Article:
This photo and story recently showed up on the RVelectricity Facebook group. It’s a great reminder of why you really need an advanced surge protector on your RV (commonly called an EMS or Total Power Protection).
Note that this particular pedestal would have measured perfectly fine with an AC meter, but once the RV was hooked up and drawing power, the neutral conductor opened up and applied way more than 120 volts to one-half of the RV’s electrical system. Unfortunately, many campgrounds don’t use licensed electricians for their electrical work, so this sort of mis-wiring is more common that you might imagine. And few campground pedestals are inspected or maintained on any sort of regular schedule, so any time you plug into a campground pedestal you roll the dice.
These advanced surge protectors are sold by the big three companies: Progressive Industries, Surge Guard and Hughes Watchdog. I like the Surge Guard products the best because I’ve tested all three of them in my FunkWorks Lab and think they have the best engineering.
In any event, I think that the $300 to $400 cost of an advanced surge protector is cheap insurance to help keep your RV’s electrical system from frying. And open neutral on a 50-amp service will almost certainly cause a lot of expensive damage that could take months to even get the repair parts. So be proactive and don’t wait until electrical damage occurs.
Here’s what recently posted on my RVelectricity Facebook group…
I finally decided that I should be using a power analyzer before connecting the RV. First time I’ve ever connected to a 50A service with an open neutral. After spending the last 50+ years as an electrician you would think I’d know better than hook into an unknown source. But really, that’s what we do every time we move to another site.
We were in the trailer just getting set up when the bathroom filled up with smoke! We thought one of the neighbors was burning popcorn. I went outside and couldn’t smell it anymore. Came back inside and sniffed my way to the bathroom door. The good news is that our trailer didn’t burn up and we can get through this trip without having to go home. Weather is perfect, and one of my golf teammates is here to visit with.
Park manager was here earlier and it sounds like they will cover our repair costs. Nice start to the 72nd year!
It’s unclear in the photo but looks to me like last time there was an issue with this receptacle, they replaced it with a household style rather than a RV pedestal style. The wires they used for 50A were #10 THHN. The handyman would probably have been ok for a while longer if he would have replaced the burnt up feeder neutral and melted neutral buss.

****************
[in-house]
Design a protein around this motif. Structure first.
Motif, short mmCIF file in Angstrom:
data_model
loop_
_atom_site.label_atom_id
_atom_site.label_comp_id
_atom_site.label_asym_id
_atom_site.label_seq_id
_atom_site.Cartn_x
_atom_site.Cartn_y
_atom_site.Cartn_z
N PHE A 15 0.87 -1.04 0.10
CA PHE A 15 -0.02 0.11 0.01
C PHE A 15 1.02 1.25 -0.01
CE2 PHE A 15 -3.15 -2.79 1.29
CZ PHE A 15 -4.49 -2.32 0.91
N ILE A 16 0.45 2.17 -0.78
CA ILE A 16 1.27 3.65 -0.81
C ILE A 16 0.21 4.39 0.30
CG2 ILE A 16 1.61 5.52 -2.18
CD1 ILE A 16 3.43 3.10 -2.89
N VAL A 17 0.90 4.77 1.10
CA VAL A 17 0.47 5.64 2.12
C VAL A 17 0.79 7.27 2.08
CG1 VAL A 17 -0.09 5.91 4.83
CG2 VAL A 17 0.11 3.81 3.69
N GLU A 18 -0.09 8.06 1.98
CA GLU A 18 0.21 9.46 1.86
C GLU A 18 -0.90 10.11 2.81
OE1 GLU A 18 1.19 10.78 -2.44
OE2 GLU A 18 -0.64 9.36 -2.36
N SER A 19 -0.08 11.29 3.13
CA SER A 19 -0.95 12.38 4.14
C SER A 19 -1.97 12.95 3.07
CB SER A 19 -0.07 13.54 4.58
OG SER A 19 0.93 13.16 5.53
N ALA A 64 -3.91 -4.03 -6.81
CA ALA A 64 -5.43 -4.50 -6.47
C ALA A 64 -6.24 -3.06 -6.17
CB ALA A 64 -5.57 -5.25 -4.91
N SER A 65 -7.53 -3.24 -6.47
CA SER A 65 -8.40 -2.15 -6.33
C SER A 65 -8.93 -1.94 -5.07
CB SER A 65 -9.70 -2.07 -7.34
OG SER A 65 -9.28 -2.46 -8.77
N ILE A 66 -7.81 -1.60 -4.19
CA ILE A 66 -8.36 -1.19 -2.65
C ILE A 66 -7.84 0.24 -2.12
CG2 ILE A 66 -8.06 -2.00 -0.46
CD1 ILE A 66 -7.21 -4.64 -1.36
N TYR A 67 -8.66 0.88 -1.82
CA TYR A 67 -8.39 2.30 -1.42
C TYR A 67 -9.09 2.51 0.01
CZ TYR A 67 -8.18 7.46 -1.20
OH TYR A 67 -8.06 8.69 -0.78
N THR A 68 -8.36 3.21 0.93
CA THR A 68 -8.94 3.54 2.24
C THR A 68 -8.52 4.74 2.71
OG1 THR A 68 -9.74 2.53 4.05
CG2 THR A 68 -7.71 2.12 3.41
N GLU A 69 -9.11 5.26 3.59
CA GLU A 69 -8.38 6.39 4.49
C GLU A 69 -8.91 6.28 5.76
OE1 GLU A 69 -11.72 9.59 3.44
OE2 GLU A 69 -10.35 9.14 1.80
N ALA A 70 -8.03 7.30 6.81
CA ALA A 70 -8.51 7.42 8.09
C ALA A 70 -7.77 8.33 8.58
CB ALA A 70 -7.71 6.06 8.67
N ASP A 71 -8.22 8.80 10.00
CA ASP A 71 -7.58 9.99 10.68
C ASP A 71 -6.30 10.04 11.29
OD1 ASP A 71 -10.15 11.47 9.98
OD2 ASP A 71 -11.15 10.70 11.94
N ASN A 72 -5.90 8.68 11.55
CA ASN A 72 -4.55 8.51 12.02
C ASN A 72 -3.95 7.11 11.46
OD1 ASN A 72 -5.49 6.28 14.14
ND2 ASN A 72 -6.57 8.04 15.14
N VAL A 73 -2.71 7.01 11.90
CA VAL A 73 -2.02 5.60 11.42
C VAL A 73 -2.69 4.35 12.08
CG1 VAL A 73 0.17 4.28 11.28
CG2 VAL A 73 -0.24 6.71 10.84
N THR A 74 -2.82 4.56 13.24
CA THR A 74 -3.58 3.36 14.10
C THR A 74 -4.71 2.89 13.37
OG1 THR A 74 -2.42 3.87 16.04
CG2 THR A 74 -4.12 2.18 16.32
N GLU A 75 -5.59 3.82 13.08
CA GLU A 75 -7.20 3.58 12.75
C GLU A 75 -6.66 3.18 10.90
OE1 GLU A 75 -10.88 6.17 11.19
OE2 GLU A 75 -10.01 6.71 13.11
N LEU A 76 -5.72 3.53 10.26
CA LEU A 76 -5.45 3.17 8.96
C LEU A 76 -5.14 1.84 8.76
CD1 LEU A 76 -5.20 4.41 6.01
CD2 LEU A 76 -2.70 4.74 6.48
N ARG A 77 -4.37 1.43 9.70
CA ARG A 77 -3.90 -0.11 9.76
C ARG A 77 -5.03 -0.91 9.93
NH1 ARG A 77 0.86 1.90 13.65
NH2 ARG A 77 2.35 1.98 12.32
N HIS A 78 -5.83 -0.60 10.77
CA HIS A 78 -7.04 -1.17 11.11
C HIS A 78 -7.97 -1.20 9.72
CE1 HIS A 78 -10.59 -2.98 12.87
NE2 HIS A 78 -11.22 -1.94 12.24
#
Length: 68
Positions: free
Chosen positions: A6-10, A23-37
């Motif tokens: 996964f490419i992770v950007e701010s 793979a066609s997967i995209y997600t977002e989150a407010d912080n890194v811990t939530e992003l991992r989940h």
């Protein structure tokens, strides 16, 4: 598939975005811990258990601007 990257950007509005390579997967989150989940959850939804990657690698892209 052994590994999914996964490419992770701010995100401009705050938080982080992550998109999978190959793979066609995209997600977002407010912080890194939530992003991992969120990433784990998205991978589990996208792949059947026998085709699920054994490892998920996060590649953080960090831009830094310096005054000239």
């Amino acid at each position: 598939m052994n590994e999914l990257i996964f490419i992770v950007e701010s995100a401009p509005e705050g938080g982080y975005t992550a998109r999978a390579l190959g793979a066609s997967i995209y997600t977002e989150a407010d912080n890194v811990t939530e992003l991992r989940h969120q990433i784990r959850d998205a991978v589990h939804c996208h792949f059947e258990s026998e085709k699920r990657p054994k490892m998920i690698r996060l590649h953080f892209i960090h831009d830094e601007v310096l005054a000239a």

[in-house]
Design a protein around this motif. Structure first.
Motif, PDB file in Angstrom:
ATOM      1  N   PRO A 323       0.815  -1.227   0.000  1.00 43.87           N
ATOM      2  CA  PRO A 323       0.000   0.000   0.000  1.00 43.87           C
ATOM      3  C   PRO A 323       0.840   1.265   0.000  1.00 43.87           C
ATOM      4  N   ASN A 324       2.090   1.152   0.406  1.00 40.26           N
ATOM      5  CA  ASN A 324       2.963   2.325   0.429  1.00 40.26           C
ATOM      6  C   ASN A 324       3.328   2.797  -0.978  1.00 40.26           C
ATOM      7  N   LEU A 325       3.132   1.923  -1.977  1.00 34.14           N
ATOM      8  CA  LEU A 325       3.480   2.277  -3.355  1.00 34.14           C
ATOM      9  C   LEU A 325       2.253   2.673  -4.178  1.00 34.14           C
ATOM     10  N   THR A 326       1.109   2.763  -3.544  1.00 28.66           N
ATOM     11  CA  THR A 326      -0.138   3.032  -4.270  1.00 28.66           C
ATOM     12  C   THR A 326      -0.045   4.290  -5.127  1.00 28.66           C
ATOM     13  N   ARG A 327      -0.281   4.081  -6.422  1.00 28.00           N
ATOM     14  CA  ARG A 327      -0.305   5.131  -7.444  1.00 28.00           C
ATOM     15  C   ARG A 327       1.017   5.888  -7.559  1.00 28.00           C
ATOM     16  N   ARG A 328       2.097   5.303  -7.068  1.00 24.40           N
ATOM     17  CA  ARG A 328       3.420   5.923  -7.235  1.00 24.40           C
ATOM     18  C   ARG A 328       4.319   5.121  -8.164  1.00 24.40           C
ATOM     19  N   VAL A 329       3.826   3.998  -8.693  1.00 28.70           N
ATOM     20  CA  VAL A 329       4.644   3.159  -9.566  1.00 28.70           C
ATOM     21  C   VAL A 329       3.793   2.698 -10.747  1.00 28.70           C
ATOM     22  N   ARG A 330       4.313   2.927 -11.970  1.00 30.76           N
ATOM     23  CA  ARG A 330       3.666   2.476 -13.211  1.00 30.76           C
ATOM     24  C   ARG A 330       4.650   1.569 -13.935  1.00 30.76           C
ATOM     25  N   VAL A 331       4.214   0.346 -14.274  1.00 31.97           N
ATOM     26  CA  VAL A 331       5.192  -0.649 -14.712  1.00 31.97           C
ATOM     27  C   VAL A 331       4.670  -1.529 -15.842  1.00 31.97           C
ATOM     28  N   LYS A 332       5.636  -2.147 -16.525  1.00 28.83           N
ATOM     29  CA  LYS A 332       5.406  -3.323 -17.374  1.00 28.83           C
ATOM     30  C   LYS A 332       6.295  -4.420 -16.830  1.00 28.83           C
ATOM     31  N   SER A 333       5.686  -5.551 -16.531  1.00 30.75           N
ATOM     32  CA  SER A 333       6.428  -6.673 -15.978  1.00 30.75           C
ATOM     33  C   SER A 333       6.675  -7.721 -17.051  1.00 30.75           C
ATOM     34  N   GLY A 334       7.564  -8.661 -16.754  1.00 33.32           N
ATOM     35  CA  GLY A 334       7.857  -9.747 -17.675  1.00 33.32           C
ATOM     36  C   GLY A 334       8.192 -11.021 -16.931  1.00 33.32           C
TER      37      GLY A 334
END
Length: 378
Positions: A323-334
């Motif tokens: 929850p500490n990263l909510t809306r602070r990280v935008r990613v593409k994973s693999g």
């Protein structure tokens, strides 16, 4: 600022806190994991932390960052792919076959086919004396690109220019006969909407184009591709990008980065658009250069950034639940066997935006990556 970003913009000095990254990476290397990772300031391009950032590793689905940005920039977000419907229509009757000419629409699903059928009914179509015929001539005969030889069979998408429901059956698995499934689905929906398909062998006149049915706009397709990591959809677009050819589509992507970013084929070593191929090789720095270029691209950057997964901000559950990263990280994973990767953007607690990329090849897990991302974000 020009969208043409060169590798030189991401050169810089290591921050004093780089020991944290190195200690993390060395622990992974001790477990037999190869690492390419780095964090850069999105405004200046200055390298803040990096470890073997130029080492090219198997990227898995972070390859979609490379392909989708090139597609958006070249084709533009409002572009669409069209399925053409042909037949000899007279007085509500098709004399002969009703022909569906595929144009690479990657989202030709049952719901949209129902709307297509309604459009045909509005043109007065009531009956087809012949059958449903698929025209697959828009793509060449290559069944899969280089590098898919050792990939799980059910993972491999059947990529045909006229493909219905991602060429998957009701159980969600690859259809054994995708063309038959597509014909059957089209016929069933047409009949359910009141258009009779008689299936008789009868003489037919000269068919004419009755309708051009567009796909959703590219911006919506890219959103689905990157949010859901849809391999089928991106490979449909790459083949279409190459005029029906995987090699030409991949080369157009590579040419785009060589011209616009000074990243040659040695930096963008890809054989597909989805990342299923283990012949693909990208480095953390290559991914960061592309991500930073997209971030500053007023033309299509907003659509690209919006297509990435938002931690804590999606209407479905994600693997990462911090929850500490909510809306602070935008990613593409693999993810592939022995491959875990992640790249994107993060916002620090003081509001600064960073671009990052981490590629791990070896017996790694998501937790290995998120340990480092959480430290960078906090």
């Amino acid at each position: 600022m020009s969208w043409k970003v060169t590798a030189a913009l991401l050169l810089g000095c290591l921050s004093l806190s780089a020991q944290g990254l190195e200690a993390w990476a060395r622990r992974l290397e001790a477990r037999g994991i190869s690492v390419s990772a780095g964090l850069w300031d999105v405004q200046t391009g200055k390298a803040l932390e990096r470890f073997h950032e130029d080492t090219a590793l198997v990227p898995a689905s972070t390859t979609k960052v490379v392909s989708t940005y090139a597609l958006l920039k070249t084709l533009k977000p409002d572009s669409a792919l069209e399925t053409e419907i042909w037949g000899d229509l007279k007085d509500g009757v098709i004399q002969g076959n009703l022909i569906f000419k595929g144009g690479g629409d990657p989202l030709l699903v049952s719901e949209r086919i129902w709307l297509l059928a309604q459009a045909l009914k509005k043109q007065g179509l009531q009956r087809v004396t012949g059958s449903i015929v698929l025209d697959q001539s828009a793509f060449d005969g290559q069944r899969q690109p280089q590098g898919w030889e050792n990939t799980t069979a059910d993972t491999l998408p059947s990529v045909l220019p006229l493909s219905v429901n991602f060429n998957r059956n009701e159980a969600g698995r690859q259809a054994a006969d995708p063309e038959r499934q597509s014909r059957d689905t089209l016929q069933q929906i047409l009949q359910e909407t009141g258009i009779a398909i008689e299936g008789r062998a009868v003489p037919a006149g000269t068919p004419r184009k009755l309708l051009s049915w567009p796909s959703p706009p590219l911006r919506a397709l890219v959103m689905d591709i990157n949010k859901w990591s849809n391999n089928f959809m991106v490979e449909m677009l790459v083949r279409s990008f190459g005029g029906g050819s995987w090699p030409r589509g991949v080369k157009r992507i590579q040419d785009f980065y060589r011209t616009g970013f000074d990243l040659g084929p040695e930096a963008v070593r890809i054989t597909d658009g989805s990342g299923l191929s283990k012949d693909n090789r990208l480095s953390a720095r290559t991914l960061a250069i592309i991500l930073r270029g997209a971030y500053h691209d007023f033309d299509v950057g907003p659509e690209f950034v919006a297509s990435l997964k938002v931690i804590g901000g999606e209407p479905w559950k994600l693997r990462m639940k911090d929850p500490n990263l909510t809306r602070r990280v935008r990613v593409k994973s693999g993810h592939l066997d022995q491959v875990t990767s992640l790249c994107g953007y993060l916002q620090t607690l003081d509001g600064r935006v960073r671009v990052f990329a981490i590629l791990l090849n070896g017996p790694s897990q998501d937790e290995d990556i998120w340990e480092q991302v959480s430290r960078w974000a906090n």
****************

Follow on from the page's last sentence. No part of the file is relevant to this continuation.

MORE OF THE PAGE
All we lost was the power converter and the circuit board in a Fantastic fan. It could have been so much worse. I’ll be installing a hinged access door to the converter, so if future issues arise, I can get an extinguisher to it quicker.
Be safe, folks! – Jeff
Thanks for your great write-up, Jeff. Let’s play safe out there….
Mike Sokol’s book RV Electrical Safety is available at Amazon.com.
Will Mike S. be returning to RVT with new features? (I/we miss his content)
Spent the money on a Progressive Industries 50 amp. EMS. VERY happy with it! Not only does it protect my rig, but it protects my sanity!
We use a Progressive Surge Protector (because of an article you wrote a few years ago. Husband wasn’t on board, so I bought it…lol). Question, what do you do when the pedestal connection is low to the ground and the surge protector can’t be plugged in. Is there some other safe way to connect it?
Would there ever be a time when it would be beneficial to ground the RV, and why?
Not really. The earth itself is a pretty poor ground, so a grounding rod will typically have an impedance of 25 to 100 ohms. So that would not create enough fault current to trip a circuit breaker in the event of a hot-to-chassis short circuit. Instead it would create an additional hazard of step potential voltage encircling the ground rod by perhaps a dozen feet. In that case, walking close to the RV could shock you foot to foot, even without touching the RV itself. So a grounding rod attached to an RV can create an additional shock hazard if the shore power cord’s EGC ground/bond connection fails and there’s an internal short circuit inside the RV.
BTW: I’ve set up this experiment in my own backyard and have verified that’s how it works.
FMCA Tucson rally had multiple problems with the generator supplied service. Those with surge protectors survived, the others, not so much.
Please send details of what happened at the FMCA Tucson Rally to mike (at) noshockzone (dot) org